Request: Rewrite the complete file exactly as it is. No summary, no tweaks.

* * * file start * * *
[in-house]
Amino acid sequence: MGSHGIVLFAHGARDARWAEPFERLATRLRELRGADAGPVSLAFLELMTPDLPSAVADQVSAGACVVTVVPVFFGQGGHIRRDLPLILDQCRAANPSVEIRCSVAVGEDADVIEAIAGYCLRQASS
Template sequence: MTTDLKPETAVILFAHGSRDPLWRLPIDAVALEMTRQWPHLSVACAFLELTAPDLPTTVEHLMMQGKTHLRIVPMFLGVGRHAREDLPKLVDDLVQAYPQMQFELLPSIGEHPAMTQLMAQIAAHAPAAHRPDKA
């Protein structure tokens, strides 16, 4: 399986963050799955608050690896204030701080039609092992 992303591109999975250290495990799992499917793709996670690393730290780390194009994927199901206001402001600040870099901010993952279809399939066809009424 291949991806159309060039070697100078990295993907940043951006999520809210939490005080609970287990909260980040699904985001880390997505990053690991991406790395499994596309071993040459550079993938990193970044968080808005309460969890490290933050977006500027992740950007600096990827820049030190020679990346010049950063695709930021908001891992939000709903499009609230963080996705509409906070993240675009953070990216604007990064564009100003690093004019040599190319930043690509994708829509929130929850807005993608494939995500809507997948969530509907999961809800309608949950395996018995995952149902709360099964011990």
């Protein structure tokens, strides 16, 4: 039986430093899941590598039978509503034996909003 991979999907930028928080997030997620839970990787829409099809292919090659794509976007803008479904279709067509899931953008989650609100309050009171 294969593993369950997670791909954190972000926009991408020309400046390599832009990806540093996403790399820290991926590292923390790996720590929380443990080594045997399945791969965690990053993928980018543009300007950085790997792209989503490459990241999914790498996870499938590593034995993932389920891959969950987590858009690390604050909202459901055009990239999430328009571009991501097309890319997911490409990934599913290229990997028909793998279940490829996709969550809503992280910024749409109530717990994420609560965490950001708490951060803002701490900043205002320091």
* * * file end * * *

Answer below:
[in-house]
Amino acid sequence: MGSHGIVLFAHGARDARWAEPFERLATRLRELRGADAGPVSLAFLELMTPDLPSAVADQVSAGACVVTVVPVFFGQGGHIRRDLPLILDQCRAANPSVEIRCSVAVGEDADVIEAIAGYCLRQASS
Template sequence: MTTDLKPETAVILFAHGSRDPLWRLPIDAVALEMTRQWPHLSVACAFLELTAPDLPTTVEHLMMQGKTHLRIVPMFLGVGRHAREDLPKLVDDLVQAYPQMQFELLPSIGEHPAMTQLMAQIAAHAPAAHRPDKA
């Protein structure tokens, strides 16, 4: 399986963050799955608050690896204030701080039609092992 992303591109999975250290495990799992499917793709996670690393730290780390194009994927199901206001402001600040870099901010993952279809399939066809009424 291949991806159309060039070697100078990295993907940043951006999520809210939490005080609970287990909260980040699904985001880390997505990053690991991406790395499994596309071993040459550079993938990193970044968080808005309460969890490290933050977006500027992740950007600096990827820049030190020679990346010049950063695709930021908001891992939000709903499009609230963080996705509409906070993240675009953070990216604007990064564009100003690093004019040599190319930043690509994708829509929130929850807005993608494939995500809507997948969530509907999961809800309608949950395996018995995952149902709360099964011990």
């Protein structure tokens, strides 16, 4: 039986430093899941590598039978509503034996909003 991979999907930028928080997030997620839970990787829409099809292919090659794509976007803008479904279709067509899931953008989650609100309050009171 294969593993369950997670791909954190972000926009991408020309400046390599832009990806540093996403790399820290991926590292923390790996720590929380443990080594045997399945791969965690990053993928980018543009300007950085790997792209989503490459990241999914790498996870499938590593034995993932389920891959969950987590858009690390604050909202459901055009990239999430328009571009991501097309890319997911490409990934599913290229990997028909793998279940490829996709969550809503992280910024749409109530717990994420609560965490950001708490951060803002701490900043205002320091």